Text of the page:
When a game of the year releases on a brand new console, people listen. People want it. We all want to experience that same enjoyment we did when we first played it, and perhaps more importantly, we all want to be able to replay that great game whenever we want. So when Capcom announced that they were working on Resident Evil 4 for the iPhone, everyone listened.
And for good reason. Resident Evil 4 is often considered the best in the series. Just read one of our reviews if you’re unsure about the game. On the iPhone, however, RE4 is a completely different beast, namely because it’s much smaller, much lighter, and played much differently.
Gone are the beautiful cinematics and stunning audio, dropped entirely to better suit the normal mobile gamer (read: it takes less space). Clocking it at just over 70MB, RE4 on the iPhone is not a full-fledged port, but rather a well-designed mobile version of the same game. The controls work, the gameplay is there, and the thrill of the hunt remains. RE4 on the iPhone literally cut all the fat away from the game, leaving a timid text-only plot and the most memorable sites and scenes from the original.
The controls are similar to what was found in Resident Evil: Degeneration, the controls are simple: one virtual analog stick for movement and aiming, where aiming is toggled. A few right-hand buttons act as the shoot, knife, and pick up commands. A menu system is all touch-based. The start screen has a quick CGI intro with famed Resident Evil hero Leon Kennedy.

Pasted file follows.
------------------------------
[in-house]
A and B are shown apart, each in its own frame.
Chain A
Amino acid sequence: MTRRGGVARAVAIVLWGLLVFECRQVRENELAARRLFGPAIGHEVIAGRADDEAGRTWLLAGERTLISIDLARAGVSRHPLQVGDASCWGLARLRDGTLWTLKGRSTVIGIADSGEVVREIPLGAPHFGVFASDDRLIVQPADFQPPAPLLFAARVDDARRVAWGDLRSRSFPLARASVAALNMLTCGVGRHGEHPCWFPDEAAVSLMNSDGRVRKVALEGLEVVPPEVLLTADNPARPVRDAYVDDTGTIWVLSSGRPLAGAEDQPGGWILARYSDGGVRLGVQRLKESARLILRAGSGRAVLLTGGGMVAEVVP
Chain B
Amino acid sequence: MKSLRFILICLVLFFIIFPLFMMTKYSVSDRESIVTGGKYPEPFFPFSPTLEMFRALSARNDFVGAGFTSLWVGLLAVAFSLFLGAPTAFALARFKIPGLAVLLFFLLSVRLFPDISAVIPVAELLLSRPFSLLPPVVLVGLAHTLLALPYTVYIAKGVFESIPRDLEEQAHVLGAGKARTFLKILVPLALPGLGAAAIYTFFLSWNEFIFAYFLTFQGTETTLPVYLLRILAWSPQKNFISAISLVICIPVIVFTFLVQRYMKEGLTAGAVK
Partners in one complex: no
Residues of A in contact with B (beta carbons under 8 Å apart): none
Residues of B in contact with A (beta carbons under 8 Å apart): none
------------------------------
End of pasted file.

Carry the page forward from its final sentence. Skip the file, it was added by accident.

The game itself is barren with content and detail. Created for the original iPhone (and iPhone 3G), there was less processing power than both the Nintendo Gamecube and Sony Playstation 2. Instead, the real danger players will face in RE4 is making the shot in time with the proper aim before one or two of the on-screen zombies grab you. At first, it’s exciting, and then it gets tedious, but towards the end it once again picks up.
Having tested RE4 on both an original iPhone and the 3GS, it’s safe to say that there are no issues on either device and that the game generally runs fine, with minimal slowdown. We did not test the iPad Edition for this review.
What is clear having gone through the campaign is that the iPhone version does not do the series justice. Sure, it gives us instant access to shoot zombies straight out of our pockets, but Resident Evil 4 has always been special because of all of the elements it introduced. For the iPhone, much of that is lost, even though manic gameplay returns, if only for a short while. For the nostalgia and price, some players may be interested in downloading the game. Otherwise, we recommend sticking to your home console and enjoying the beauty through what is still a fantastic title.